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J Clin Nurs. 2004 Nov;13(8):1008-16.

ICD: a qualitative study of patient experience the first year after implantation.

Author information

  • 1Research Group Psychology of Health and Illness, and Heart Lung Institute, University Medical Centre Utrecht, Utrecht, The Netherlands. h.c.m.kamphuis@med.uu.nl

Abstract

BACKGROUND:

The experiences of how patients live with an implantable cardioverter defibrillator are still poorly understood. Only a few qualitative studies have investigated this phenomenon. This paper was undertaken as part of a larger project to evaluate quality of life and psychological well-being in those survivors of cardiac arrest who have received an implantable cardioverter defibrillator.

AIMS AND OBJECTIVES:

The aim of this qualitative study was to explore how implantable cardioverter defibrillator recipients perceive their lives during the first year after implantation of the device.

METHODS:

A sample of 21 patients who received an implantable cardioverter defibrillator was interviewed during three consecutive periods: one, six and 12 months postdischarge from the hospital. The semi-structured interviews were based on insights gained from a literature review. The transcripts were subjected to content analysis.

RESULTS:

Analysis of the data revealed seven major categories: physical deterioration, cognitive changes, perceived social support, dependency, contact with the doctor, confrontation with mortality and uncertainty surrounding having a shock. Anxiety, uncertainty, disappointment, frustration, unexpected barriers, acceptance of and dependency on the implantable cardioverter defibrillator played a major role in the lives of implantable cardioverter defibrillator recipients. Well-being improved throughout the year. During the first months after discharge from the hospital the focus was on regaining physical health. During the early postimplantation period both the implantable cardioverter defibrillator recipient and family members had adapted to the situation. Reflection on the impact and consequences of the cardiac arrest was reported more often in the late postimplantation period.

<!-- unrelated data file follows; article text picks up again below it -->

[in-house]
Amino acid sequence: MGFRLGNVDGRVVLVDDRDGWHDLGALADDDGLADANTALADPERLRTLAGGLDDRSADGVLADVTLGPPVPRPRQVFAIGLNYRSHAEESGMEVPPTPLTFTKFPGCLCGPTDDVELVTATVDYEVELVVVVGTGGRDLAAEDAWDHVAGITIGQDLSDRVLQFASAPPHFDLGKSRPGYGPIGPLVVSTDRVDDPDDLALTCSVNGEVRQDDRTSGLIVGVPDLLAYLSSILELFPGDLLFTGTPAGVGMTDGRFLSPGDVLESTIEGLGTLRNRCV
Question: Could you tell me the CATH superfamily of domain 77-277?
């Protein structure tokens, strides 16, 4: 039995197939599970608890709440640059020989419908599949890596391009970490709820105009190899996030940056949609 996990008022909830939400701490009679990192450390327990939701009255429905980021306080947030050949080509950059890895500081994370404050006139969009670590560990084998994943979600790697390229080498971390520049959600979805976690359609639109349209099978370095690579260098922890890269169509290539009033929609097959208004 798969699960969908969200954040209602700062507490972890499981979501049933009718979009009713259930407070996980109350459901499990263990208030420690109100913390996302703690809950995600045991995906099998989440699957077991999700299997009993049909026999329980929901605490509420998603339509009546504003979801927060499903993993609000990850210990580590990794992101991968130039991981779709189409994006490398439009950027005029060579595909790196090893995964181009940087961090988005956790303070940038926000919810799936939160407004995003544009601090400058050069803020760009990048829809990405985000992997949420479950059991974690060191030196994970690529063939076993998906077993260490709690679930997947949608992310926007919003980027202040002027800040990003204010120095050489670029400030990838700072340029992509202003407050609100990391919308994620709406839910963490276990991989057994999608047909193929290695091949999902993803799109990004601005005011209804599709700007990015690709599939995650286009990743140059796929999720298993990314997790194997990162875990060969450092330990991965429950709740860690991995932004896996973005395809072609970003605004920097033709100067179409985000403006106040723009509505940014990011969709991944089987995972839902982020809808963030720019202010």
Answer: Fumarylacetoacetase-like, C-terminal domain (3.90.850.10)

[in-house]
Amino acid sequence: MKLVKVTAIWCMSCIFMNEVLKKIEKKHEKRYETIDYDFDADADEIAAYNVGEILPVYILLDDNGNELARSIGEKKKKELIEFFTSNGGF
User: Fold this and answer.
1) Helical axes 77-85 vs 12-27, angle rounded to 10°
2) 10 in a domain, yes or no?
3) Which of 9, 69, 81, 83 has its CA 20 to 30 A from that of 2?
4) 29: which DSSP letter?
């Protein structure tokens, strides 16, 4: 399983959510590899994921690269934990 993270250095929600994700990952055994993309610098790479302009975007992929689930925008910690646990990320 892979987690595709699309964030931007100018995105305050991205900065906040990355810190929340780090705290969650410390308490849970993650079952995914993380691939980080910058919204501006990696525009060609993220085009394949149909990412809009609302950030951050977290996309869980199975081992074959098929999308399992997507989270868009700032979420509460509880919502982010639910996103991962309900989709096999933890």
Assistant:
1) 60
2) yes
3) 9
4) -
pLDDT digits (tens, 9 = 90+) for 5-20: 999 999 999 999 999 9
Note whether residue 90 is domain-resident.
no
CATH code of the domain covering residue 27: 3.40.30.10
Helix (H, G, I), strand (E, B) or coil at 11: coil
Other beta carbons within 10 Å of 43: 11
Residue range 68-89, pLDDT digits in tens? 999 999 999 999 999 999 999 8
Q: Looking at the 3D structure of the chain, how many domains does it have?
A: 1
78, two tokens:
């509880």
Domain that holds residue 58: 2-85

CONCLUSIONS:

Content analysis is a resourceful approach giving answers to questions that have hardly been addressed within the domain of cardiology. Implantable cardioverter defibrillator recipients face a complex first year, especially the first 6 months. Cognitive deterioration and confrontation with mortality are problems that need to be researched further.

RELEVANCE TO CLINICAL PRACTICE:

Caregivers are able to explain to future patients what they can expect in the first year after implantation. Caregivers may become more receptive to physical, psychological and social limitations and to emotional and social problems that occur in implantable cardioverter defibrillator recipients, enabling them to act upon them.

PMID:
15533107
[PubMed - indexed for MEDLINE]
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